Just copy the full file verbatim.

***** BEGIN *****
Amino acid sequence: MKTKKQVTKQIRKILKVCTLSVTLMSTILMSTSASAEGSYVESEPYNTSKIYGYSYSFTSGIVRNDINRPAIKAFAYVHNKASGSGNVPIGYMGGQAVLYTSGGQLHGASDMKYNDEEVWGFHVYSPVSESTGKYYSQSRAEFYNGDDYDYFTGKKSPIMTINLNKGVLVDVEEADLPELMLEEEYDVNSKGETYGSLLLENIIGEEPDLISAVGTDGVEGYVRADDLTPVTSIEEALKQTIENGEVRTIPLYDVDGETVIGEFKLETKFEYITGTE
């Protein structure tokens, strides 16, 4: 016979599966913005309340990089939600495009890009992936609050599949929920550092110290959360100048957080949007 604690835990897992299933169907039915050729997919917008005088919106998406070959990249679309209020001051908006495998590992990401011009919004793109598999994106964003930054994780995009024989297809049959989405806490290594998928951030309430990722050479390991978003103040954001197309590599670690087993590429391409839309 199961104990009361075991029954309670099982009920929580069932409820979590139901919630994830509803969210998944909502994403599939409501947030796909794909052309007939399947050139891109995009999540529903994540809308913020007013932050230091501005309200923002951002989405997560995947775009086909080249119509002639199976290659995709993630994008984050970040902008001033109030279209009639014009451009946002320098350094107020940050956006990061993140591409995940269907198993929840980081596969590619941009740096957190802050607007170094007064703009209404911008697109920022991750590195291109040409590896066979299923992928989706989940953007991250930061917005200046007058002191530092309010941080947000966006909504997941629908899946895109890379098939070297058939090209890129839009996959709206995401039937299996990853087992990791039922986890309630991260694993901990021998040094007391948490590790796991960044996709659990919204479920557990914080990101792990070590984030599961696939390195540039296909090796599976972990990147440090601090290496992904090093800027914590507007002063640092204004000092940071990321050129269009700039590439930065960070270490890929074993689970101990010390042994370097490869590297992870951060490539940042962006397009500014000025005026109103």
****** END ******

Amino acid sequence: MKTKKQVTKQIRKILKVCTLSVTLMSTILMSTSASAEGSYVESEPYNTSKIYGYSYSFTSGIVRNDINRPAIKAFAYVHNKASGSGNVPIGYMGGQAVLYTSGGQLHGASDMKYNDEEVWGFHVYSPVSESTGKYYSQSRAEFYNGDDYDYFTGKKSPIMTINLNKGVLVDVEEADLPELMLEEEYDVNSKGETYGSLLLENIIGEEPDLISAVGTDGVEGYVRADDLTPVTSIEEALKQTIENGEVRTIPLYDVDGETVIGEFKLETKFEYITGTE
């Protein structure tokens, strides 16, 4: 016979599966913005309340990089939600495009890009992936609050599949929920550092110290959360100048957080949007 604690835990897992299933169907039915050729997919917008005088919106998406070959990249679309209020001051908006495998590992990401011009919004793109598999994106964003930054994780995009024989297809049959989405806490290594998928951030309430990722050479390991978003103040954001197309590599670690087993590429391409839309 199961104990009361075991029954309670099982009920929580069932409820979590139901919630994830509803969210998944909502994403599939409501947030796909794909052309007939399947050139891109995009999540529903994540809308913020007013932050230091501005309200923002951002989405997560995947775009086909080249119509002639199976290659995709993630994008984050970040902008001033109030279209009639014009451009946002320098350094107020940050956006990061993140591409995940269907198993929840980081596969590619941009740096957190802050607007170094007064703009209404911008697109920022991750590195291109040409590896066979299923992928989706989940953007991250930061917005200046007058002191530092309010941080947000966006909504997941629908899946895109890379098939070297058939090209890129839009996959709206995401039937299996990853087992990791039922986890309630991260694993901990021998040094007391948490590790796991960044996709659990919204479920557990914080990101792990070590984030599961696939390195540039296909090796599976972990990147440090601090290496992904090093800027914590507007002063640092204004000092940071990321050129269009700039590439930065960070270490890929074993689970101990010390042994370097490869590297992870951060490539940042962006397009500014000025005026109103």